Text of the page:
church at Corinth. The body of Christ is certainly mentioned numerous times in the chapter but
never in the sense of an invisible body. In verse 27 the church at Corinth was told, "Now ye are
the body of Christ." Invisible? No! Was the first church invisible when Jesus set the apostles in
it? No! The words universal and mystical are not in the vocabulary of the Bible, by inference or
Let us consider Philippians 1:27 for more light. The saints at Philippi were the recipients of this
passage of Scripture which reads, "Only let your conversion be as it becometh the gospel of
Christ: that whether I come and see you, or else be absent, I may hear of your affairs, that ye
stand fast in one spirit with one mind striving together for the faith of the gospel." The "one
mind" compliments the idea that spiritual condition (salvation) and mental attitude (unity) is the
subject considered, and these two are the requirements for admission into membership in local
New Testament Baptist Church. After reading the entire 12th chapter of 1 Corinthians the only
conclusion an honest and fair minded student can come to is that the subject is the real, live
relationship of members of a local church to one another in the same local church. The chapter
mentions the effect of the sufferings of one member on the rest of the members; verse 26. It is
without logic to think that a visible member of an invisible church could even know about, much
less sympathize with the sufferings of another visible (yet somehow invisible) member located
elsewhere in this mystical disjointed body. The passage certainly makes a lot more sense when
seen as members of a local church (the church at Corinth in this case) who have been baptized
(in water) into the membership of the local church on the bases of the work of the Holy Spirit in
regeneration. The "universal, mystical body" idea began about the time of the reformation which
was actually meant to be a reformation of the Roman State "Church" (catholic means universal)
by men (Roman Catholic Priests) such as Martin Luther and John Calvin.
After the expulsion of these men from the Roman "Church" by the Pope, they and their followers
became known as "Protestants" in the sixteenth century. In the process of time there arose many
different leaders with varied reasons for rebellion against Rome. The Lutherans, Presbyterians,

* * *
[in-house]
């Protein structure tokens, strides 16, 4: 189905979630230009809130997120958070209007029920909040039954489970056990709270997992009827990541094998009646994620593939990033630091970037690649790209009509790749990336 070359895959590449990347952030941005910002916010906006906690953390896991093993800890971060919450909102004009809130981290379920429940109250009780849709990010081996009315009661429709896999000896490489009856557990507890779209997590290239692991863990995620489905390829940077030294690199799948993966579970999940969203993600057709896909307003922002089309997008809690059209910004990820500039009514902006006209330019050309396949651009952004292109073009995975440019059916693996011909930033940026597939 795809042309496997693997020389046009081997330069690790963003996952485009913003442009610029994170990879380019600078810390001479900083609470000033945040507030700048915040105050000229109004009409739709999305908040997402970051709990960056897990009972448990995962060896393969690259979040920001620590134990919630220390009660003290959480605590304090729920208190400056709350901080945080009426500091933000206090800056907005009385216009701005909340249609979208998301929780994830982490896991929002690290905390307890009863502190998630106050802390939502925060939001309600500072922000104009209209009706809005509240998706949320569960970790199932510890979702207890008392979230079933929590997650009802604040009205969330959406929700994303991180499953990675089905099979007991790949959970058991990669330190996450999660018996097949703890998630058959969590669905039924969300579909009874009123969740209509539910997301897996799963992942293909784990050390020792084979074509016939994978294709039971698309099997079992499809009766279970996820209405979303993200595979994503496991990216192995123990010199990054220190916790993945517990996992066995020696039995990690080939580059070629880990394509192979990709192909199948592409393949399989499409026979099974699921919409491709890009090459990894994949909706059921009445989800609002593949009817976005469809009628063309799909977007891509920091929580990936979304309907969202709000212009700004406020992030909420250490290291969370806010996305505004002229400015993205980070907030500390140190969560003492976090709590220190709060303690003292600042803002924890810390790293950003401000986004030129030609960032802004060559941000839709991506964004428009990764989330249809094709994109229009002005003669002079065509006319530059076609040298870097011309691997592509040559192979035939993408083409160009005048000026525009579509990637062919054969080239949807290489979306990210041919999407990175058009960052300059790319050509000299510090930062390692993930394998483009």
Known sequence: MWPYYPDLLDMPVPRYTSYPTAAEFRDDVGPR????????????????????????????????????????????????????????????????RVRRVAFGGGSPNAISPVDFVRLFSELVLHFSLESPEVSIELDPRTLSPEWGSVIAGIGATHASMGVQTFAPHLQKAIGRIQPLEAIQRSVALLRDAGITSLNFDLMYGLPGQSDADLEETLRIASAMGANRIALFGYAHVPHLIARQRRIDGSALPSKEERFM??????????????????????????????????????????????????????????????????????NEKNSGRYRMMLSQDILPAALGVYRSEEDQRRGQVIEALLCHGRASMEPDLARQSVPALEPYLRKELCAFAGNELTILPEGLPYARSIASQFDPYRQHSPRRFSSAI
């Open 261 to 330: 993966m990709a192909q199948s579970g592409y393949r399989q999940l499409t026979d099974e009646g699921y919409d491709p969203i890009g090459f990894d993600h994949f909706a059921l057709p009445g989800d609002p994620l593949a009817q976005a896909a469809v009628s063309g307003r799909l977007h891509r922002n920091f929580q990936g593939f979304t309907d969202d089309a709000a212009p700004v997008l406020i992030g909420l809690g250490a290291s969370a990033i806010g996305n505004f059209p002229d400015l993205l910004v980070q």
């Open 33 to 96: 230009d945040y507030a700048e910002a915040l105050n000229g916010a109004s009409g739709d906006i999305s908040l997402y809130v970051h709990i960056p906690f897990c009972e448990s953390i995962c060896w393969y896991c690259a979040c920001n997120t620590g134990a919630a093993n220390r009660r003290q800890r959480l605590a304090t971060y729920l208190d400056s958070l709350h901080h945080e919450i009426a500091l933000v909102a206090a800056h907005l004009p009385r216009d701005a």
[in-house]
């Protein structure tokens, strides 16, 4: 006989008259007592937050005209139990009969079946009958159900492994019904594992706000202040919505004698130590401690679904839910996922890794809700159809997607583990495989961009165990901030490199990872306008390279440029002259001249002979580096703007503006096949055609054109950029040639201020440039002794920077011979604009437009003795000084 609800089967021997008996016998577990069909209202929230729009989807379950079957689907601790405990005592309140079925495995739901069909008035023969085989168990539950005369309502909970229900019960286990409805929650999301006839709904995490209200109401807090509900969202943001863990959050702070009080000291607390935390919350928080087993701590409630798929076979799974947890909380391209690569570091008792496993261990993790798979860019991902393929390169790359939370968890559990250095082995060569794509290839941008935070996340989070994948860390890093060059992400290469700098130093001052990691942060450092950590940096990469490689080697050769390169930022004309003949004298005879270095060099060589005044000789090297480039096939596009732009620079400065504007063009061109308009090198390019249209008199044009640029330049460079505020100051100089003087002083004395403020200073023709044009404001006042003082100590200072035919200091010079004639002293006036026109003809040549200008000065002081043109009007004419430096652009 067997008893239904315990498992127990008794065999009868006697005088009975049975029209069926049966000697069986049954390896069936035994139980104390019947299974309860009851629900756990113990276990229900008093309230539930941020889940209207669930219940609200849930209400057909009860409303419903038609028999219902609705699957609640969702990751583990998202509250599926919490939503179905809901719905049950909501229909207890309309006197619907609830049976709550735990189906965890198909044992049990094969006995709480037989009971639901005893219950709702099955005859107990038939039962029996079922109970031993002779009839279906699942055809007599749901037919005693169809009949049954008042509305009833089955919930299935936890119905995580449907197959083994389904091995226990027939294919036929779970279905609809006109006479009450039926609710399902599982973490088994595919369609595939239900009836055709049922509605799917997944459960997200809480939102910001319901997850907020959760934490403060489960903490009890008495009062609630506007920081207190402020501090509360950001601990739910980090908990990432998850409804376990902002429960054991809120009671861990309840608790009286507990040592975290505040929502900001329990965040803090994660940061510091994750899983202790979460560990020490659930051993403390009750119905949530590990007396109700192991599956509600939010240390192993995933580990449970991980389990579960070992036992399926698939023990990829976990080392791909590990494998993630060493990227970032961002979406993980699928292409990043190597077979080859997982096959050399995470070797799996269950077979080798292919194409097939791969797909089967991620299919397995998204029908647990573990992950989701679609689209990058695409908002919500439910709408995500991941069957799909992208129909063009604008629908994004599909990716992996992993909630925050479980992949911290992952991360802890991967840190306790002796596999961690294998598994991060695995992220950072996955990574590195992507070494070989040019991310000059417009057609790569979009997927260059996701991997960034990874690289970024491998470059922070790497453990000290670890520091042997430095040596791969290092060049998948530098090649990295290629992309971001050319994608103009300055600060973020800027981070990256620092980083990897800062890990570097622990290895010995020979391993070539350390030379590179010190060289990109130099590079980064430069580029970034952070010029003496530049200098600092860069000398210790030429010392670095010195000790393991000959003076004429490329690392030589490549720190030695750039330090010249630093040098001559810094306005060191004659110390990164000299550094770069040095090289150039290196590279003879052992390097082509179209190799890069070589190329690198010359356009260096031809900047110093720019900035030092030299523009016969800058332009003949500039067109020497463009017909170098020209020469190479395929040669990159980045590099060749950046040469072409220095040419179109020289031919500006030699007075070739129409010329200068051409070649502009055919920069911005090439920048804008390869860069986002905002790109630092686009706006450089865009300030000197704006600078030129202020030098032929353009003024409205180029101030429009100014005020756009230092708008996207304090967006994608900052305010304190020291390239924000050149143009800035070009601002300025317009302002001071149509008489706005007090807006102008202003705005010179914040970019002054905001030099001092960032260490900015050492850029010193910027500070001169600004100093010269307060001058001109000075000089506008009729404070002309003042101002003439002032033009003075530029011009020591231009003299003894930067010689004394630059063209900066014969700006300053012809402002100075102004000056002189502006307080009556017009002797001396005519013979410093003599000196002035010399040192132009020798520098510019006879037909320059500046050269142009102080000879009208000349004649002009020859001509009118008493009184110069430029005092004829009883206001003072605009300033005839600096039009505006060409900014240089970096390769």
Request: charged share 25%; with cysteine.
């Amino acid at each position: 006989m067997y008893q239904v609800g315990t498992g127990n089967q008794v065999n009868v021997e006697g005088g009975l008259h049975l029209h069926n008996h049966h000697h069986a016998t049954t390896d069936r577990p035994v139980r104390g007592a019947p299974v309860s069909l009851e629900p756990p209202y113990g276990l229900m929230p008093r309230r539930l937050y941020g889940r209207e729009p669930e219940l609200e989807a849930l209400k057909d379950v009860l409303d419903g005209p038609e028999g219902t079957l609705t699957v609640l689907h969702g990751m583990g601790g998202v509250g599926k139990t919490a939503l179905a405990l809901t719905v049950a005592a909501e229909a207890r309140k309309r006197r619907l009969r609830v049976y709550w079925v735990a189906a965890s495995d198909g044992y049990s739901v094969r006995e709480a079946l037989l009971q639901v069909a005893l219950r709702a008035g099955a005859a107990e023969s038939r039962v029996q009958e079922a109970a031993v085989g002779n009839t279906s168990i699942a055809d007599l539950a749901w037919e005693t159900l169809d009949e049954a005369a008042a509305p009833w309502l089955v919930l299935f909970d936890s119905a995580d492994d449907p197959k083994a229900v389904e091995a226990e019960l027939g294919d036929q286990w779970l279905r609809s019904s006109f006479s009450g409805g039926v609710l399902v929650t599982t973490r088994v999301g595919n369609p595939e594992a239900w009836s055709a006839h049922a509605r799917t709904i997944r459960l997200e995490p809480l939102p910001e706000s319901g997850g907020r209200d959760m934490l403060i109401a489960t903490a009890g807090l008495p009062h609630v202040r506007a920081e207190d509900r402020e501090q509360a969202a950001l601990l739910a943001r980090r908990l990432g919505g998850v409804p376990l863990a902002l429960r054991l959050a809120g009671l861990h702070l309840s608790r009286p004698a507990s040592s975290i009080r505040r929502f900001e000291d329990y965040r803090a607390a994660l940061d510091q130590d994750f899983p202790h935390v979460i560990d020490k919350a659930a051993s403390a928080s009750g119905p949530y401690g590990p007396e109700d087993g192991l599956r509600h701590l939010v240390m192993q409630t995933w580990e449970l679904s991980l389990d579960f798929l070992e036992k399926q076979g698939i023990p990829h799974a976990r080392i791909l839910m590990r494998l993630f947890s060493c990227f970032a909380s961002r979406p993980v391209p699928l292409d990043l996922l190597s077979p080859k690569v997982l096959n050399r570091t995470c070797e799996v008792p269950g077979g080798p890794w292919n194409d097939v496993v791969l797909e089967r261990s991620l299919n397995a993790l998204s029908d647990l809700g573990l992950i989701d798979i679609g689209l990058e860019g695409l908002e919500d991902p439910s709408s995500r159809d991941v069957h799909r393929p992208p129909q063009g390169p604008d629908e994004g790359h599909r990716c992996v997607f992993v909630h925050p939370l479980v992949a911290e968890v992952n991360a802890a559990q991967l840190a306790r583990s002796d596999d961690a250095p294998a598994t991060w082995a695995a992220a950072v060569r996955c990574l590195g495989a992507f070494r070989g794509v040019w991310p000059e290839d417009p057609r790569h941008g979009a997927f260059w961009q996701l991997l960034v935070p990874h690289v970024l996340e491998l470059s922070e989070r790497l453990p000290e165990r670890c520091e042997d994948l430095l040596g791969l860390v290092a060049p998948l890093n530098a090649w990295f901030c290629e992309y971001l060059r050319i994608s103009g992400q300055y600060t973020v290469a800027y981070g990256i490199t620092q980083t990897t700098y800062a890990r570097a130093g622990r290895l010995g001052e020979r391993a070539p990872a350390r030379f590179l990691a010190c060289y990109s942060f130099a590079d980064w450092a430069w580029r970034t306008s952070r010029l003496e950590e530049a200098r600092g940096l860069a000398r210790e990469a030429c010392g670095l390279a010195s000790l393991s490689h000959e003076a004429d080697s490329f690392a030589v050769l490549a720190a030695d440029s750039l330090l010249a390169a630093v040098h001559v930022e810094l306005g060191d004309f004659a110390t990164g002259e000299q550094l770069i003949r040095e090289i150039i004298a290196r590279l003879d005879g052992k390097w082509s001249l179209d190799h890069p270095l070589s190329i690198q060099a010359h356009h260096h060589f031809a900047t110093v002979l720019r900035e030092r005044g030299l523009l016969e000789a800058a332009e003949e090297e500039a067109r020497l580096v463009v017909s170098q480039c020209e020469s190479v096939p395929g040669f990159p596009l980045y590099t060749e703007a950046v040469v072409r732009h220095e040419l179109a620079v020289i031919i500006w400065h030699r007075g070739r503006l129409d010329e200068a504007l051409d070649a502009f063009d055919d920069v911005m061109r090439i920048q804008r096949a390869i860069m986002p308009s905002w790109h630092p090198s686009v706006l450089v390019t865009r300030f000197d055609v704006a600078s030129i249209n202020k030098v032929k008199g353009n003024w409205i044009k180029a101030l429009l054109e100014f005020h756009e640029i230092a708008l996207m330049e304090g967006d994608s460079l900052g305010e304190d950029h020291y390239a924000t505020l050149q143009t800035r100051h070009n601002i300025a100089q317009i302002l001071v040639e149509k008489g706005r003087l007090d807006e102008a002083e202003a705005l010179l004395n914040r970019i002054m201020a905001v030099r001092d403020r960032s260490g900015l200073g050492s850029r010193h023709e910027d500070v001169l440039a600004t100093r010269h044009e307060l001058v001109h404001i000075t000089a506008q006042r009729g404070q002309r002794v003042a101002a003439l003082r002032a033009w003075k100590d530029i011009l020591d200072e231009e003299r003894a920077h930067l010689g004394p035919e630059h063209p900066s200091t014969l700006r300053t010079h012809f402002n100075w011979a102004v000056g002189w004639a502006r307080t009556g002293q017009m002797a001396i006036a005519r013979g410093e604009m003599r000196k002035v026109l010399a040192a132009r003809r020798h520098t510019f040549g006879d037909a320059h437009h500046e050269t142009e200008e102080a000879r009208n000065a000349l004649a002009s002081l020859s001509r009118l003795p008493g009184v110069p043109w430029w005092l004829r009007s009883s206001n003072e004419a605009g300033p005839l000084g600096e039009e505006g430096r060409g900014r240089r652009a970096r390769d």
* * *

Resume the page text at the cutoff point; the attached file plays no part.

Episcopalians as well as many other so-called Protestant "Churches" are the result.
There were many "Ana-Baptists" at that time, but they were not involved in trying to reform
Rome. History shows that they suffered as much persecution at the hand of Protestants as they
did from Rome. The doctrines and practices of Unaffiliated Baptist churches today began in
Galilee fifteen hundred years before the reformation (Acts 10:37 and 13:31) before the name
Ana-Baptists (later shortened to Baptists) was invented by our enemies.
What evidence is there to say that the Unaffiliated Baptists have such a long history to reach
back to Galilee and the days of Christ on earth? Answer: The historical record of the trail of
blood for eighteen hundred years, shed by myriads of martyrs who believed the very things the
Unaffiliated Baptists hold as truth today. Their record of dying a torturous death for what they
believed to be the truth was recorded by those who tortured and murdered them to be used as
evidence against them and is not a fabrication of their own making.
To say that God has not had true churches in every century since Jesus called out his disciples
and set the Apostles in the church is to say that Jesus lied when he stated: "the gates of hell
shall not prevail against it." Jesus promised that this would never happen in Matthew 16:18, and
His promises are always true. There are untold numbers of people past and present who say "we
are the true people of God". How may we know for sure who is telling the truth? There is only
one way and it is an ancient way; do as the Bereans did in Paul's day; search the Scriptures
(Acts 17:10-12). Compare what you hear Unaffiliated Baptists teach and practice with your own
Bible while praying for God's help in your search for the truth.
Without exception no people past or present can boast of their own integrity in the faith as the
reason for the church's survival until now. The Lord's churches are still alive and well today
because of His promise, "Lo, I am with you alway, even unto the end of the world." Matthew
28:20. The so-called reformed "church" by its own admission states that the truth did die; the
gates of hell did prevail, but they (so they claim) have re-established the faith to its original
purity. The cults such as Jehovah's Witnesses, Mormons, and Armstrongites believe that God
has raised them up because there was no truth left to be found on earth. In Romans chapter 10
we find a description of some of the Jews who had more zeal than knowledge and who went
about establishing their own righteousness even as they failed to listen to the apostles preach
the righteousness of Christ.
Who Are We?